Thu | Aug 17, 2017

Conflict Resolution Corner | Shhh ... Confidentiality counts

Published:Sunday | April 9, 2017 | 4:00 AMSandria Watkis-Madden

Welcome to another instalment of the Dispute Resolution Foundation (DRF) School Intervention Programme (SIP) Conflict Resolution Corner. News last week that a dispute between two boys, 11 and 14 years old, ended with one dead and the other in custody underscores the need for these tips on dealing with conflict, particularly among children.

"In almost every profession - whether it's law or journalism, finance or medicine, academia or running a small business - people rely on confidential communications to do their jobs. We count on the space of trust that confidentiality provides. When someone breaches that trust, we are all worse off for it." - Hillary Clinton

One of the trickiest core values for effective conflict resolution is confidentiality.

This requires that all involved must keep information that is entrusted to them, whether intentionally or unintentionally, private.

Confidentiality is important to conflict resolution because it helps to create or maintain trust and preserve relationship.

If there is a lack of confidentiality a person may withhold sensitive/important information that is necessary for the resolution of a particular conflict. By respecting a person's privacy, a trusting environment is created which encourages the person to be as honest and open as possible while conversing with you.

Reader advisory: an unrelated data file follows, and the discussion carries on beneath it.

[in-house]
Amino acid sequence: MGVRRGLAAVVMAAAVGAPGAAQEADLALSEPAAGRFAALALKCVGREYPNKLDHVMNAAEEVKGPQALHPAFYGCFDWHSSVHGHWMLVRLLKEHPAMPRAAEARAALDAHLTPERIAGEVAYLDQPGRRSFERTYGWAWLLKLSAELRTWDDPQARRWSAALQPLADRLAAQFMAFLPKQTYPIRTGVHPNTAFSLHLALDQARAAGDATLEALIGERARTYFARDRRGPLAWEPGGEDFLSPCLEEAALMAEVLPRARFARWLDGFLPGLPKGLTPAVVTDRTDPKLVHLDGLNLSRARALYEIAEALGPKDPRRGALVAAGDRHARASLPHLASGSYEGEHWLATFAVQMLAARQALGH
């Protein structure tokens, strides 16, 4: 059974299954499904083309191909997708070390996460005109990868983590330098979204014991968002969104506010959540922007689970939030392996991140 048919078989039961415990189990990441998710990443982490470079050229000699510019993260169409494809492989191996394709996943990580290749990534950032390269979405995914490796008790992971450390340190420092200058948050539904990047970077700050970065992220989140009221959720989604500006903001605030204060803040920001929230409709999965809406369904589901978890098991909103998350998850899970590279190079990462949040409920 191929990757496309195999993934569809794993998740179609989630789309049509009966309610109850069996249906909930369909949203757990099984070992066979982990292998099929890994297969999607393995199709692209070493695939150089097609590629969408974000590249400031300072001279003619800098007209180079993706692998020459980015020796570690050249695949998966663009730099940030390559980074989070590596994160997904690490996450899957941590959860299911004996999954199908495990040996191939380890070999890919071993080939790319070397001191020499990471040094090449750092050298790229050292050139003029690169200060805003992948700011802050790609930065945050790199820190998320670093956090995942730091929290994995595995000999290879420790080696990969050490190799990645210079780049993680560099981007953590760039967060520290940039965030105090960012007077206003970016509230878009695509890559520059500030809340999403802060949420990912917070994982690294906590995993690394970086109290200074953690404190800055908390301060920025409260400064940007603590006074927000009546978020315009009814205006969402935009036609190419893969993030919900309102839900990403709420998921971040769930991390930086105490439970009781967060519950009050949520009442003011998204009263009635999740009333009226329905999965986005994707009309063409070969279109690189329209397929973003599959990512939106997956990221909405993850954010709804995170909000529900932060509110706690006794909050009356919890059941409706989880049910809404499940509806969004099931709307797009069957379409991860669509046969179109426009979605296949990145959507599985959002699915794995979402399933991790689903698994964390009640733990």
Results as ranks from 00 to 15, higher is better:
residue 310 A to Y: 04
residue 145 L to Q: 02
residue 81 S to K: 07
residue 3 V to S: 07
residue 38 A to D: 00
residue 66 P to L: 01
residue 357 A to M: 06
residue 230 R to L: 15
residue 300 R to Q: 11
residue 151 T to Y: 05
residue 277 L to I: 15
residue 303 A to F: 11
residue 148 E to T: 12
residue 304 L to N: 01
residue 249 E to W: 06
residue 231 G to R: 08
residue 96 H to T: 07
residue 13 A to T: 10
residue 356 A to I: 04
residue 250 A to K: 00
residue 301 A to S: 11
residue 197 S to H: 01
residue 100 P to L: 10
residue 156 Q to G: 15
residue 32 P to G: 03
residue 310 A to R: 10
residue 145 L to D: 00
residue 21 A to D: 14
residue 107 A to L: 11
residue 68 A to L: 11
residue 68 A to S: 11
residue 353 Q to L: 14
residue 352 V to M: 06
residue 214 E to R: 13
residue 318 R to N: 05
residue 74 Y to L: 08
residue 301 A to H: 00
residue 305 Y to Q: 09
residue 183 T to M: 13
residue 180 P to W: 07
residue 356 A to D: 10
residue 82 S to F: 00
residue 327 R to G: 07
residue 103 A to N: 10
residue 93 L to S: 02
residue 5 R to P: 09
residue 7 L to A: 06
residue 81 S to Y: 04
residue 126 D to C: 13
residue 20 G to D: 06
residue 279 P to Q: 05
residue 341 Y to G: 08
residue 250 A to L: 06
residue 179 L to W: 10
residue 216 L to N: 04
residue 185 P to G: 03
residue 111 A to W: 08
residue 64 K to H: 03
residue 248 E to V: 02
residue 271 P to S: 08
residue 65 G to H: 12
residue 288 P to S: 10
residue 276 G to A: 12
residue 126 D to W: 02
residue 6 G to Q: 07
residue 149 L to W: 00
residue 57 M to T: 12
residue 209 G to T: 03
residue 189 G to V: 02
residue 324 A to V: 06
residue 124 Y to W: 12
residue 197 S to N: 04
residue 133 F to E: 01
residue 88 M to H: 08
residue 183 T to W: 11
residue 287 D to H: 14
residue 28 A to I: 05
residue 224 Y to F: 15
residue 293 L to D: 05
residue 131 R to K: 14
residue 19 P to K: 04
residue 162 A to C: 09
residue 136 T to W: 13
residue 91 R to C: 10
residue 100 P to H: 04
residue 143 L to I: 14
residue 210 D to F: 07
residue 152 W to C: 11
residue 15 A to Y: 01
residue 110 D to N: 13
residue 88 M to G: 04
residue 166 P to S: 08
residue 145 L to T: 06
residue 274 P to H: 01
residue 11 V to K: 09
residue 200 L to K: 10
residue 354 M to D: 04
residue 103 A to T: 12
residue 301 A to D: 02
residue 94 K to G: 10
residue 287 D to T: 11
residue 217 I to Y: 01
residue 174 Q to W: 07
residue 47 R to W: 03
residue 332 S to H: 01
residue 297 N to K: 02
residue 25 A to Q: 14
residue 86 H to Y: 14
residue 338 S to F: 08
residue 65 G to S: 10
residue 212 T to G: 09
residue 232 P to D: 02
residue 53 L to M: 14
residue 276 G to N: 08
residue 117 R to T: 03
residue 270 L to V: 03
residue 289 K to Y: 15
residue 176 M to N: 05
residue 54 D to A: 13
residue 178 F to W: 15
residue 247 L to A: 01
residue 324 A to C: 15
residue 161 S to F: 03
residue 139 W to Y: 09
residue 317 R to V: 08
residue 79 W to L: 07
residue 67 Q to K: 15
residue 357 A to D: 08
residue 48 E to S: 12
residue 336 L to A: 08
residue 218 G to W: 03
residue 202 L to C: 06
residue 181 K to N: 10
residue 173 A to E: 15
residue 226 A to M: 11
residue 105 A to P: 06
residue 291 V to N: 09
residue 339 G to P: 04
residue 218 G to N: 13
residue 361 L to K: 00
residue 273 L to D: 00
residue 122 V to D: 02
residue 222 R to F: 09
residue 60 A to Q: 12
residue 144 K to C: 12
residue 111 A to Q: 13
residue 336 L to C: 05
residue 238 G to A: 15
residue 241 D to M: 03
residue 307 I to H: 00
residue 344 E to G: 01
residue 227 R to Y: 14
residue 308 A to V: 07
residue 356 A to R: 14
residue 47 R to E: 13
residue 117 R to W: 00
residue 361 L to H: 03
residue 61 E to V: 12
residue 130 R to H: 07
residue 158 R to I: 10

As important as it is to be confidential, it is also important to note that confidentiality can be breached whenever there is the threat of harm to the person or another individual since our first responsibility is to preserve lives.

Confidentiality can also be breached whenever it is required by law to report certain circumstances. However, as a precautionary measure, advice should be sought on how best to proceed. Confidentiality can also be breached whenever it is required by law to report certain circumstances.

 

Why is confidentiality necessary for effective conflict resolution?

 

In order for people to feel comfortable sharing private and revealing information, they need a safe place to express themselves, without fear of that information leaving the room.

The assurance of confidentiality allows persons to feel comfortable sharing their experiences and personal challenges, and creates a safe space for individuals to resolve internal and external conflicts.

If a person is afraid that his/her statements may be used against him/her in the future, then he/she will be less likely to be honest when he/she participates in a conflict resolution session.

Another aspect of confidentiality as it relates to conflict resolution to bear in mind is in the event that something is revealed to you about someone or something, it could affect the person's well-being.

It is your responsibility to act in the best interest of the individual to protect as well as aid in the well-being of the individual.

If what was shared in confidence or what was revealed is released without consent or consideration to the person's feelings one can expect a conflict to ensue. The person's feelings will be hurt, trust will be lost, and relationships will be broken.

Proverbs 17:9 (KJV) He that covereth a transgression seeketh love; but he that repeateth a matter separateth very friends.

- Sandria Watkis-Madden is a youth peace facilitator/mediator based at the Dispute Resolution Foundation (DRF), head of the DRF School Intervention Programme in Clarendon. Feedback: editorial@gleanerjm.com or, drf@drfja.org or, sandria.watkis.madden@gmail.com